They were a very strange group of men. The three stood in the same place every day, always doing the same thing, wearing the same clothes and never once opening their eyes.

David Kong
This is not Ann Arbor. (BEN VANWAGONER/Daily)

I spent last summer teaching in China. I was in a city of about 10 million called Wuhan – one of the hottest cities in the country. During the three months I spent there, I learned at least as much as I taught: I’d pick up Mandarin words from my students, hear a little more about the history of the country or get a better feeling for the way the culture worked. But it wasn’t until months after my flight home that I realized the powerful influence of what I’ve grown to think of as “street arts.”

This trio appeared to be, if not brothers, old friends, and they were all blind. Two played curious flute-like instruments, faces twisted in concentration, while the third (who always stood in the middle) held a plastic bowl to collect change from passersby. The men always stood precisely in the middle of the sidewalk, in front of a large mall. Every day when I passed I would consider giving them a few coins, and once in a while I would. Still, they never quite seemed to fit my idea of beggars.

They weren’t, really, not in Chinese terms anyway. They were collecting money, sure, but in the same way that a shoe shiner would collect money – as part of his business, not as a begging technique. They were street musicians, not beggars. Street musicians just like the buskers in the London subway – skilled, legitimate and decidedly not homeless. New York City and Chicago have even developed systems for artists like these that require them to have licenses. These men were more like that – buskers. And the three weren’t alone.

The sidewalks in China are teeming with street musicians. Wrinkly old men plucking their battered Erhu (“two-string” in Mandarin), their female counterparts playing some sort of flute a block down, and the 5-year-old I once saw marching with a drum around his father. They’re everywhere, and they’re really just a small sampling of the street artists.

Artists of every kind lined the streets of Wuhan. Little girls dressed as gymnasts did unbelievable contortions on small cloth mats; ancient-looking monks burned incense and told fortunes; teenage boys danced in crisp rhythm to Chinese rap. These people were as much a part of the streets as the vendors selling fried rice – they belonged there. They added a touch of variety, a different environment to streets that, without them, would have just been grimy and loud. In a way that wasn’t easy to understand: They give the city a different dimension through their art.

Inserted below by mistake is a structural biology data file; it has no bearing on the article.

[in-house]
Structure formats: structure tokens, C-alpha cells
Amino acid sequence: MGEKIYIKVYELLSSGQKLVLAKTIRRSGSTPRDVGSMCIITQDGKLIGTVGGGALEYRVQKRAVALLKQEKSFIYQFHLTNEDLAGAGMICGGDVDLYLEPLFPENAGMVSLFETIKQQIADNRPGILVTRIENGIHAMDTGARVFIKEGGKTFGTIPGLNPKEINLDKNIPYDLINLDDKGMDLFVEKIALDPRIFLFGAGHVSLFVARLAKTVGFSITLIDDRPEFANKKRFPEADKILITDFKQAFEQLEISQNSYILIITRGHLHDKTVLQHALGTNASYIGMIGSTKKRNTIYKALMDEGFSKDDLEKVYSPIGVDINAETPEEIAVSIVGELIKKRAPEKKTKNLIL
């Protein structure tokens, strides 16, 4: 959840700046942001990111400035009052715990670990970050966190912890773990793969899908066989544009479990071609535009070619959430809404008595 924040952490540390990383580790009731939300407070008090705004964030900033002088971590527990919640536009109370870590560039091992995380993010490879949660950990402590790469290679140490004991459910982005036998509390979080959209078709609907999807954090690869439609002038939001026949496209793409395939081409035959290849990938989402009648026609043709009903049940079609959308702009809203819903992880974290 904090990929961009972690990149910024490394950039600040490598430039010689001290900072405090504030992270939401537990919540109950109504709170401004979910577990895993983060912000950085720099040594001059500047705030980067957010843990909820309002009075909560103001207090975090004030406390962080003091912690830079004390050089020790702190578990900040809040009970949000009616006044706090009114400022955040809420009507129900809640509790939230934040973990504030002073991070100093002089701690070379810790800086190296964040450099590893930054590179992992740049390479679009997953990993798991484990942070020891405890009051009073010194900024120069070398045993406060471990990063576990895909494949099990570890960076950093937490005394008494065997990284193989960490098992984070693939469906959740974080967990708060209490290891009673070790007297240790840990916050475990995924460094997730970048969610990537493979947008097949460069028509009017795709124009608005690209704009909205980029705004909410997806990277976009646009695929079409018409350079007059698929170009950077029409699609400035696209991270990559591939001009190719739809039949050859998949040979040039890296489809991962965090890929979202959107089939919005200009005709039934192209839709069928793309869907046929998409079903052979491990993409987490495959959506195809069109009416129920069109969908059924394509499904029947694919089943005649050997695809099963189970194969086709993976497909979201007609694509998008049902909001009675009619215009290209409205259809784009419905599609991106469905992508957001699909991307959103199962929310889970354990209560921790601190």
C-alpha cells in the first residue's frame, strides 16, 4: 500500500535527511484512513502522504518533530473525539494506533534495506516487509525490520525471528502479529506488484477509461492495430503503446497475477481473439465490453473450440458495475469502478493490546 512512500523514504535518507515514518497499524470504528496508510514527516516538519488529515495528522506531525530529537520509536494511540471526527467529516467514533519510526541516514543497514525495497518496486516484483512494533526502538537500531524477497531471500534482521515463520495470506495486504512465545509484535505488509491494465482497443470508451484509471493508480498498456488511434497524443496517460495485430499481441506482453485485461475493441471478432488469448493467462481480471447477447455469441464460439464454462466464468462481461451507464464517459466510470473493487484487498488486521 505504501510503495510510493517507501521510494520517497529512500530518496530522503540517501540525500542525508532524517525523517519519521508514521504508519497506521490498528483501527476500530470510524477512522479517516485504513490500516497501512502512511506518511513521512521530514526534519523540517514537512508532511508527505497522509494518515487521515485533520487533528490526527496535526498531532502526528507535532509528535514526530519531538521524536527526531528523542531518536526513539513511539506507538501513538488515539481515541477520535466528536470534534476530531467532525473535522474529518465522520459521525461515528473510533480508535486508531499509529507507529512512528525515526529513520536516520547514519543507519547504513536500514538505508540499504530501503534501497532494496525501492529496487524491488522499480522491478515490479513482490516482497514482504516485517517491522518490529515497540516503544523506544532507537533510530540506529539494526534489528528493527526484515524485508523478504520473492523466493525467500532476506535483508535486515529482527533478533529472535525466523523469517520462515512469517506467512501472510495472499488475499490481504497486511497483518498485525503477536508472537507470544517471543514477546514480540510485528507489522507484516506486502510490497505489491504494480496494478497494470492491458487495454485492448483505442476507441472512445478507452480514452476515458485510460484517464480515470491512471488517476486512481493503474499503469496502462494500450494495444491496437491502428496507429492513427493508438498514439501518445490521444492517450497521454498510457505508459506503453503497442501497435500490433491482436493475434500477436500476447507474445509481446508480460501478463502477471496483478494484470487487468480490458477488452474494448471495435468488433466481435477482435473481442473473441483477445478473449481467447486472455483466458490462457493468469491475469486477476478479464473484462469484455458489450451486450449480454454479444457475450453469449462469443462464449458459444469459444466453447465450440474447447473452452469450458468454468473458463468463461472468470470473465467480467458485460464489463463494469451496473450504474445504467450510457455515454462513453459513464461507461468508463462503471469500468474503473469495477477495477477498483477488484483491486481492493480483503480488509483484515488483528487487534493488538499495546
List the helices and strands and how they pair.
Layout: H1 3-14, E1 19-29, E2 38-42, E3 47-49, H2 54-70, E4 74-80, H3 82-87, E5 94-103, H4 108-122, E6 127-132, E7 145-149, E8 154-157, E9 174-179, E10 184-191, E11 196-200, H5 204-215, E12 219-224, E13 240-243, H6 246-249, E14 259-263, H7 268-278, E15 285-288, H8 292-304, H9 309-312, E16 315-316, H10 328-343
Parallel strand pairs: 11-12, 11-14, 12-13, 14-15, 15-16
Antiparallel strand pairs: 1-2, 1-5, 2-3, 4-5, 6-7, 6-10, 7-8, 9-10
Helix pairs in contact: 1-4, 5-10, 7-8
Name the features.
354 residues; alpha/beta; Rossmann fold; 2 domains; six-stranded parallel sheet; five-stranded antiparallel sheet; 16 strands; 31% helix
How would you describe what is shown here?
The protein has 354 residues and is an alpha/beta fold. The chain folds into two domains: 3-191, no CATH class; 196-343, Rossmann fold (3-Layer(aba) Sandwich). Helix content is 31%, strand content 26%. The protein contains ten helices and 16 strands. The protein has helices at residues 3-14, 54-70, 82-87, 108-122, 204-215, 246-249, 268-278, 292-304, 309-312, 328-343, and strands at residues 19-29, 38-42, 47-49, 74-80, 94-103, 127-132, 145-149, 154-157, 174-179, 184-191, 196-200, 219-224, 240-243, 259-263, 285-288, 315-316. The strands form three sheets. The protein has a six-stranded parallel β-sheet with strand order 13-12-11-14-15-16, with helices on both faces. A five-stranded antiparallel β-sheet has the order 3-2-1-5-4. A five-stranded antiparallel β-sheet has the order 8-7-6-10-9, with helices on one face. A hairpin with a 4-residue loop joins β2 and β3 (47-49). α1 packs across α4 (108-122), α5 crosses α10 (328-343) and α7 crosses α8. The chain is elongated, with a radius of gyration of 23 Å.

The art of China doesn’t stay locked up in its museums or in its exclusive, red-carpeted music halls. It spills out onto the street in every possible way. The street artists and their performances are just as much a part of the culture as the temples or the rickshaws. They’re invaluable, inseparable. They give every person – from the poorest noodle vendor to the black-suited businessman – a chance to have a taste of their own artistic culture just walking down the street.

When I came back to Ann Arbor this fall, just a few days after my last stroll through the streets of Wuhan, I couldn’t help but notice the difference. For a city that’s touted as multicultural there’s not a lot of anything on the streets of Ann Arbor. Some American cities offer more, certainly: New York City, San Francisco, Chicago perhaps, but where else? In China, even the smallest towns have a few men sitting in the town square strumming their huluhu (a gourd-like stringed instrument).

Slowly but surely, art in America is becoming the realm of the educated, the people with the extra cash to attend $80 concerts and the desire to put on a collared shirt and visit the Met in New York. We’re drawing in on ourselves, listening to music from our earbuds rather than experiencing it as a living breathing culture.

So where does this leave us? With a culture that’s obsessed with art galleries and concert halls and ticketed admission, is it possible that we’re robbing ourselves of our own art? If nothing else, we’re limiting it. We’re confining art to a tiny part of our existence, and art should be throughout all of it. It’s like putting all the great American literature in a bank vault instead of a library.

After six months back, it doesn’t bother me anymore. I hardly think about it most of the time. Still, I can’t help but walk down the streets of Ann Arbor without wondering, where are the three blind men, and why are the streets simply grimy and loud?

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